But the most intense scrutiny is expected to focus on Robinhood, a stock trading app popular among amateur investors that blocked the purchase of GameStop and other quickly rising shares. While Robinhood was not the only trading company to slam on the brakes, its higher profile and history of regulatory lapses made it a prime target for lawmaker criticism.

Robinhood CEO Vlad Tenev has insisted in a series of interviews that the decision to halt purchases was made to comply with federal and industry regulations. Securities attorneys and some industry-sympathetic lawmakers have said that explanation is likely accurate given the intensity of the rally.

Even so, Tenev will face a barrage of questions about what Robinhood could have done to prevent restricting its customers, how it plans to respond to those harmed by the decision and whether it’s sturdy enough to withstand another similar event.

“When financial executives are about to face hostile lawmakers, it’s smart for them to show up with concessions that can take some steam out of the questioners,” wrote Ian Katz, director at policy consultancy Capital Alpha Partners, in a Sunday research note.

“We expect a few minor admissions, like confessing that communications or disclosures could have been better. Tenev is already trying that approach.”

The Senate Banking Committee has said it plans to hold a similar hearing, but no date has been set.

Tenev and Citadel CEO Ken Griffin on Thursday are also likely to be hit with questions about whether Robinhood was pressured to shutdown GameStop purchases to help limit Melvin Capital’s losses.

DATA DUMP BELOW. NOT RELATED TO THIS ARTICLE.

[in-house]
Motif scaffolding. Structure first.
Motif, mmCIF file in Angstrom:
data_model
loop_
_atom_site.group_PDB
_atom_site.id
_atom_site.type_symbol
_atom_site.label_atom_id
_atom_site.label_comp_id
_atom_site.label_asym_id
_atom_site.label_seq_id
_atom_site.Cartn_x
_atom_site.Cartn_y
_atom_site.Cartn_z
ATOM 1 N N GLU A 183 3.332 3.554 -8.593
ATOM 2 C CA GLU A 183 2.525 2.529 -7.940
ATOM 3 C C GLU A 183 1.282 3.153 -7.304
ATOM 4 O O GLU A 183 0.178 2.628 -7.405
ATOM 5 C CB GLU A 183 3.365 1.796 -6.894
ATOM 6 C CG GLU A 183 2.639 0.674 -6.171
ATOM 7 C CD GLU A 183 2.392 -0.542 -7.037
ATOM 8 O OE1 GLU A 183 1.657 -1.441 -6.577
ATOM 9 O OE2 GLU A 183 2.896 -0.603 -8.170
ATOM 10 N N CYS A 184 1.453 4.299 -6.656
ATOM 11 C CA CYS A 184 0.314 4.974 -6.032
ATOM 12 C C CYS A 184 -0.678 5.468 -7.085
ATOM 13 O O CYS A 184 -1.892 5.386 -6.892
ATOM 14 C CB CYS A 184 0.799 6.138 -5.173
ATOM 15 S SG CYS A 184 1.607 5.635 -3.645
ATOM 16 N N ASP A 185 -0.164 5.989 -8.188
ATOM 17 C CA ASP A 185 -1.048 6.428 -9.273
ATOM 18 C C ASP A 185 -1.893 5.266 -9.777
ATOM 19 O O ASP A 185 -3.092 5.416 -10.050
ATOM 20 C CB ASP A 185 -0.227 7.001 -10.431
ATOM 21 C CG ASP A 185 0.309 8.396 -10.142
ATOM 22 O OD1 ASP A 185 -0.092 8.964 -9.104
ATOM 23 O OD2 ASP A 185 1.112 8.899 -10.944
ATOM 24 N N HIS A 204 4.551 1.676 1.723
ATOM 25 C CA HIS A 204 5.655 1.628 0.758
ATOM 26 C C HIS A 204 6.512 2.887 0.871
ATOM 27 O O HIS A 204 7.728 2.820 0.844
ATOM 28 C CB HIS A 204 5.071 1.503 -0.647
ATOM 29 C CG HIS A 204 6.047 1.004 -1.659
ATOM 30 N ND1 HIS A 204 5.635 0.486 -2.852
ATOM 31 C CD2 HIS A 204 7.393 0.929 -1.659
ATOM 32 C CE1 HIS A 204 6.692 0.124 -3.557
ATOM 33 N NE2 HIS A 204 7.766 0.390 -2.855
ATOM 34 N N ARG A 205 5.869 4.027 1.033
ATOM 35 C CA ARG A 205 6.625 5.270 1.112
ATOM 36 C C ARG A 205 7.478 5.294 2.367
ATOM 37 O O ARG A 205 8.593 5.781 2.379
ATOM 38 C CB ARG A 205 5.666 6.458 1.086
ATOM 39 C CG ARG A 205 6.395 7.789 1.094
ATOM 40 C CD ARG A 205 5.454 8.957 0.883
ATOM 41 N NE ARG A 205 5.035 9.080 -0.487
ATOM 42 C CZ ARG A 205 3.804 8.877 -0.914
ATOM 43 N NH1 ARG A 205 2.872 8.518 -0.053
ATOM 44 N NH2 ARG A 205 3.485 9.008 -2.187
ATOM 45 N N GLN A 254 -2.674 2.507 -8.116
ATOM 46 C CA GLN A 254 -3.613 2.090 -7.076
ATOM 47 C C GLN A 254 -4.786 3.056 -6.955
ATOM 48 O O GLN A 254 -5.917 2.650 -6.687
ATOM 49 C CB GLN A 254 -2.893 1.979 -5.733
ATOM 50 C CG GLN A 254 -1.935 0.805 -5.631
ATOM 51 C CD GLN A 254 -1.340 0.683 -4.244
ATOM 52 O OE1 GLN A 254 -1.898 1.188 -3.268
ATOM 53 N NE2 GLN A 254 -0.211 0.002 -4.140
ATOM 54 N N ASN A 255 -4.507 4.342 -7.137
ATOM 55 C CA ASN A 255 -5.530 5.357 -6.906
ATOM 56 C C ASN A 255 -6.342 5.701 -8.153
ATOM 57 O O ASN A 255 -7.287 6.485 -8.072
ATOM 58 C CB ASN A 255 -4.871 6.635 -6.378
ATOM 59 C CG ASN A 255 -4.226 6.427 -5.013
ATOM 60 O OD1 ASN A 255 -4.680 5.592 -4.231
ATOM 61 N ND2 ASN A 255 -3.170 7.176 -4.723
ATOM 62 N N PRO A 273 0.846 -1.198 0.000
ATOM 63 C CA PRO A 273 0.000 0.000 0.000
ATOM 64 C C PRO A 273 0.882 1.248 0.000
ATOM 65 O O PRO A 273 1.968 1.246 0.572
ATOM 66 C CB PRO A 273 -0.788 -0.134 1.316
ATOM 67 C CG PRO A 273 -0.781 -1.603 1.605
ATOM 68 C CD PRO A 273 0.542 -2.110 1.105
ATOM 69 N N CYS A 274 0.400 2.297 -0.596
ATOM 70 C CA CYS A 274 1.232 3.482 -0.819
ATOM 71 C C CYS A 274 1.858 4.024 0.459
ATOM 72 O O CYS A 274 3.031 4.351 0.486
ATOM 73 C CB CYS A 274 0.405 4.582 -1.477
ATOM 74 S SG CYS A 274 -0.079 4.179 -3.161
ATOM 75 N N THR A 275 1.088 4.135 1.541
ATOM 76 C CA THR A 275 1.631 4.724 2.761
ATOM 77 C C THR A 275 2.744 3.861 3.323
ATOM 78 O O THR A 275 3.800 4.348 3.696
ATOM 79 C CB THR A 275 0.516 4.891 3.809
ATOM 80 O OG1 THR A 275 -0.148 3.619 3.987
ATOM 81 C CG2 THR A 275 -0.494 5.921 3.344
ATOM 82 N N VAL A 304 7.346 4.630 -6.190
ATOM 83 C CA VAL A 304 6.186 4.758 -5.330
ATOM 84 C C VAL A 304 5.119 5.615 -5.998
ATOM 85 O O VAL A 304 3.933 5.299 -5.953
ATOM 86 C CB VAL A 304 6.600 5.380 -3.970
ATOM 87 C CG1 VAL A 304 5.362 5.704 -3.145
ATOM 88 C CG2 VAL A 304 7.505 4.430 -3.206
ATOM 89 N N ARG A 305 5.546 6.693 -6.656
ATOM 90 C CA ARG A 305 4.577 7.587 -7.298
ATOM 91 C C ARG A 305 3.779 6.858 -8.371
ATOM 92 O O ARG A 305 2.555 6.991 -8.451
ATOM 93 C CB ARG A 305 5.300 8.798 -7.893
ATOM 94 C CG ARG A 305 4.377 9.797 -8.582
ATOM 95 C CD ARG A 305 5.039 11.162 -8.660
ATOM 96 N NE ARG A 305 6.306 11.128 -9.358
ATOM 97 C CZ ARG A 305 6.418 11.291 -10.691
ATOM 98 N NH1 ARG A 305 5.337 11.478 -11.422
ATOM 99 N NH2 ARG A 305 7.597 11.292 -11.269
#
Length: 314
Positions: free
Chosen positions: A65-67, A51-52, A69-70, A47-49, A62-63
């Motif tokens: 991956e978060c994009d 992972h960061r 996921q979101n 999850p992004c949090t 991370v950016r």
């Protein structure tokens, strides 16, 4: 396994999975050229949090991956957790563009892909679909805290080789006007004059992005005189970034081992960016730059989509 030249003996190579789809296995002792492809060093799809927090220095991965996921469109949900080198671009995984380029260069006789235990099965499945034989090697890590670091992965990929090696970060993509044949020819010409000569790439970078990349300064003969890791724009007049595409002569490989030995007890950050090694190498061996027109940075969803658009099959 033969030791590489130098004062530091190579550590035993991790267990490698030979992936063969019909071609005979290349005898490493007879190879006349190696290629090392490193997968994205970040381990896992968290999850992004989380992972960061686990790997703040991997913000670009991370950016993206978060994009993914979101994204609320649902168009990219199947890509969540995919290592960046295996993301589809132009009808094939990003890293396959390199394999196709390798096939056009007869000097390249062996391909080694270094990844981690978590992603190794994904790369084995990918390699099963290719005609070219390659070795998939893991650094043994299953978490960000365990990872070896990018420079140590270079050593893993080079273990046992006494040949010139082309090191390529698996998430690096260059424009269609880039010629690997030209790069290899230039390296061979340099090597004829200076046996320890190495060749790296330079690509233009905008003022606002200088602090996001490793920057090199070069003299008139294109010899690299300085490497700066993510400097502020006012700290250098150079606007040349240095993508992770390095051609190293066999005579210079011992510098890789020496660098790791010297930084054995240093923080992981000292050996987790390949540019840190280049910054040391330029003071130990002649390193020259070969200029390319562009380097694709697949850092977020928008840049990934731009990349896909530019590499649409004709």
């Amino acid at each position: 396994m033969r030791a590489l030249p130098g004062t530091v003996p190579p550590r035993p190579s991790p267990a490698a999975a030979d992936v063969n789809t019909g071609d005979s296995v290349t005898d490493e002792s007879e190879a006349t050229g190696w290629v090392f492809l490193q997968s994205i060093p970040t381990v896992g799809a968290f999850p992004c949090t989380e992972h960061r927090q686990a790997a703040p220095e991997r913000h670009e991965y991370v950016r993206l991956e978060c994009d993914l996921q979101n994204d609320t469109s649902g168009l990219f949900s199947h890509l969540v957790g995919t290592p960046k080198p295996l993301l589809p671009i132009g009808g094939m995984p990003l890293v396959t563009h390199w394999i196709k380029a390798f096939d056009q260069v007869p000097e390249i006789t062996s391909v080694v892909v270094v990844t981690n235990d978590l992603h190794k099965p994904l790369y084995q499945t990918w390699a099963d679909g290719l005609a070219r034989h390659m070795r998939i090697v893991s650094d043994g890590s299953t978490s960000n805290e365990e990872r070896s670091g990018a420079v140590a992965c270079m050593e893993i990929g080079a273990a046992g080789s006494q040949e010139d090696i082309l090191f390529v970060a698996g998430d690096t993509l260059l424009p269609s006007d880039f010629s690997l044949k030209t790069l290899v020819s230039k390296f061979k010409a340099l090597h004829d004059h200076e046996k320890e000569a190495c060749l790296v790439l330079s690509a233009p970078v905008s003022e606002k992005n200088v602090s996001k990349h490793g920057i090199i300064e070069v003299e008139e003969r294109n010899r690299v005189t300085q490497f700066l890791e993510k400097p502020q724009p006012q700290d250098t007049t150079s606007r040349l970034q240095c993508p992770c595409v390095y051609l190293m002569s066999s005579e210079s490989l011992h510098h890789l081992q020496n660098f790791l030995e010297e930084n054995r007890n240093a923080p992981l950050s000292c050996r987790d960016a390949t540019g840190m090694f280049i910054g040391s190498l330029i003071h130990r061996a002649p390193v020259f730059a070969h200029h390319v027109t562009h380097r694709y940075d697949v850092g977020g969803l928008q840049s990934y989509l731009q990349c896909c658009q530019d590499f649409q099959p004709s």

Griffin, who will testify Thursday, is the founder of Citadel — which took a stake in Melvin Capital after bailing it out — and Citadel Securities, a legally separate entity that processes more than half of all stock orders on Robinhood.

Critics of Robinhood have claimed that the company was pressured by Citadel Securities to halt GameStop purchases to protect the Citadel hedge fund’s investment in Melvin.

Both Robinhood and Citadel have flatly denied any connection, and Griffin is expected to emphasize the distinction between the hedge fund the market maker he founded with the same name. That’s unlikely to put Wall Street critics like House Financial Services Committee Chairwoman Maxine WatersMaxine Moore WatersThe tale of the last bipartisan unicorns Tulsa marks race massacre centennial as US grapples with racial injustice Fauci may have unwittingly made himself a key witness for Trump in 'China Flu' hate-speech case MORE (D-Calif.) at ease.

“Hedge funds will be a target of Democrats including Maxine Waters. She has already released a statement saying their ‘unethical conduct directly led to the recent market volatility,’ ” Katz wrote.

“Even so, narrow Democratic majorities in both chambers may mean legislation to back up the fury of the hearing may fall flat. While most Democratic lawmakers might agree to a bill bashing hedge funds, it’s nowhere close to unanimous. Barring egregious high-profile behavior by hedge funds in the future, any legislation is likely to amount to messaging bills for progressives.”